It was difficult too for Biggs, a solid social democrat white male who understands only too well the unforgiving facts of local authority budgets, to compete with Rahman’s “charismatic victim” and wronged outsider allure – an appeal made stronger by his ability to depict himself to fellow local Bengali Londoners as one of their own. His insurgency has characteristics unique to Tower Hamlets but also similar to other revolts against political establishments, such as the EU referendum or the destruction of Labour’s parliamentary “red wall”. The council puts turnout for the mayoral vote at a hefty 49.1% – a sign of Rahman’s success with enthusing his base.

One voice of opposition points also to the bread-and-butter issue of bin collection, arguing that Biggs moving it in-house has been a failure. But there seems to be a consensus, even among some who raised concerns about the 2014 election outcome, that Rahman’s comeback, having served a five-year ban against seeking public office, is authentic: “He did what we all do – he found his voters and he got them out.”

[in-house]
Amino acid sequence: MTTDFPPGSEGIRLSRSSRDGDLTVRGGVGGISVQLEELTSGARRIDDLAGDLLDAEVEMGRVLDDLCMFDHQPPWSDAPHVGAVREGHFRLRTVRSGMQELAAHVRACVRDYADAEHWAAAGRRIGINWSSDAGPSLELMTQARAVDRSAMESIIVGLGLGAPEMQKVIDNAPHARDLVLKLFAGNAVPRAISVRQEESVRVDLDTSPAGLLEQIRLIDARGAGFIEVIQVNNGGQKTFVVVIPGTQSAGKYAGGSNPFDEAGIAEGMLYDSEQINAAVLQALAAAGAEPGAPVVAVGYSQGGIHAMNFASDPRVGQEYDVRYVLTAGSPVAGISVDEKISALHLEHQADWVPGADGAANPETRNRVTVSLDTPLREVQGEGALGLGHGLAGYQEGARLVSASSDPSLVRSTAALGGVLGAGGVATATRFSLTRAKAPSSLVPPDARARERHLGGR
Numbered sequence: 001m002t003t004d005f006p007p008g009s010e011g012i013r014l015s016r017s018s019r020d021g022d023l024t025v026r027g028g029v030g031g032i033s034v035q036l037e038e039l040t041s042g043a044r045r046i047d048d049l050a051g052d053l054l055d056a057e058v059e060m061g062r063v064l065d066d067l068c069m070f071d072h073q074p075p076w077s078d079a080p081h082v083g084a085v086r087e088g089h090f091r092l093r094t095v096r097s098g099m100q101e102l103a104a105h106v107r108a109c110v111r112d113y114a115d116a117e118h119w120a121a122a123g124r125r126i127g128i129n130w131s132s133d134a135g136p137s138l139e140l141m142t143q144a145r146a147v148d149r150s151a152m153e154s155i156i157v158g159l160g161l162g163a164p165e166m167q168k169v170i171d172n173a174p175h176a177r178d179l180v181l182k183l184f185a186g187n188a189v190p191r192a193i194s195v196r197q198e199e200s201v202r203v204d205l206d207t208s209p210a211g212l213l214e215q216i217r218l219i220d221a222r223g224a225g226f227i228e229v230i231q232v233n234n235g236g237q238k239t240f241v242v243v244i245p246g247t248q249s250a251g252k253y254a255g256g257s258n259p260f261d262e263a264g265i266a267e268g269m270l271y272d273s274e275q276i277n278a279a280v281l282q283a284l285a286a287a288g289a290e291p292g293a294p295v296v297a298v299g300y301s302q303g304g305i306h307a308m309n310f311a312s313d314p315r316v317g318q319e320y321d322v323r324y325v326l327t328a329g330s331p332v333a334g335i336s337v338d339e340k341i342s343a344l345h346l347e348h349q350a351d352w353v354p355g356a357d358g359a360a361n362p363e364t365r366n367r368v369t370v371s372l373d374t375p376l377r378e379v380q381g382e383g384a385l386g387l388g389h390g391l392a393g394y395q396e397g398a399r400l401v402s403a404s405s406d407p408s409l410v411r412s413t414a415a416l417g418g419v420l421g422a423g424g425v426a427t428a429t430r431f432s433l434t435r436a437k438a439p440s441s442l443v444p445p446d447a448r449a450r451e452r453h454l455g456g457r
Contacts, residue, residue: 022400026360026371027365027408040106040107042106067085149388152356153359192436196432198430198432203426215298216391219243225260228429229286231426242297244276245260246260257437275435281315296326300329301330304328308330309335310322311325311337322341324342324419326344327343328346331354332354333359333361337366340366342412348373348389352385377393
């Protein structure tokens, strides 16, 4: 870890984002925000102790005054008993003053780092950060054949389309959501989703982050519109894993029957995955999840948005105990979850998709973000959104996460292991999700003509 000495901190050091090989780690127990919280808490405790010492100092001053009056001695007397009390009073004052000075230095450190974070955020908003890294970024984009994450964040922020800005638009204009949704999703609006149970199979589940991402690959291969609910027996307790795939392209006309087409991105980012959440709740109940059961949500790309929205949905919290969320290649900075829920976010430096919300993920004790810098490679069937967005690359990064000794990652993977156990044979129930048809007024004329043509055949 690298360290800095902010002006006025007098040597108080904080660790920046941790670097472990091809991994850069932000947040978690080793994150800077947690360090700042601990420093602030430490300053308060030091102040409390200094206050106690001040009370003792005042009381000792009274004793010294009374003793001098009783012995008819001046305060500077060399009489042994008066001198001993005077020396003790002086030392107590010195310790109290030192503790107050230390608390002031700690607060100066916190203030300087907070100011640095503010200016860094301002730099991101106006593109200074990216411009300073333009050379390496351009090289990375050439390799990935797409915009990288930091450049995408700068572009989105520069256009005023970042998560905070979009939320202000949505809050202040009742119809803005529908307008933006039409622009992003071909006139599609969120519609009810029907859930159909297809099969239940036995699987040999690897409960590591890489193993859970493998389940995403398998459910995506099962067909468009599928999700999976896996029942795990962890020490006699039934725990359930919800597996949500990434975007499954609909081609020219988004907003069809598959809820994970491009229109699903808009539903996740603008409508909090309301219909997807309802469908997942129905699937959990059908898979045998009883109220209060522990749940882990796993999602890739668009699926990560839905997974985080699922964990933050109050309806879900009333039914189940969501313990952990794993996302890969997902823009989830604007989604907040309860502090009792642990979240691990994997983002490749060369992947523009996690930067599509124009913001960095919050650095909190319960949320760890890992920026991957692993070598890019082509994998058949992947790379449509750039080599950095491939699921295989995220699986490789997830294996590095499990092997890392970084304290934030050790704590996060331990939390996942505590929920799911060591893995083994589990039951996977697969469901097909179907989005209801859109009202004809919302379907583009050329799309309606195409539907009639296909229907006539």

It is useful when evaluating Rahman’s comeback to recall that he won the inaugural Tower Hamlets mayoral election held in 2010 without even needing second preference votes after Labour threw him out as their candidate, and that he finished far ahead of Biggs on first preferences in 2014 before the election court intervened. This year, his first preference total and percentage lead was even higher than in that scrubbed-out election and his final victory clearer.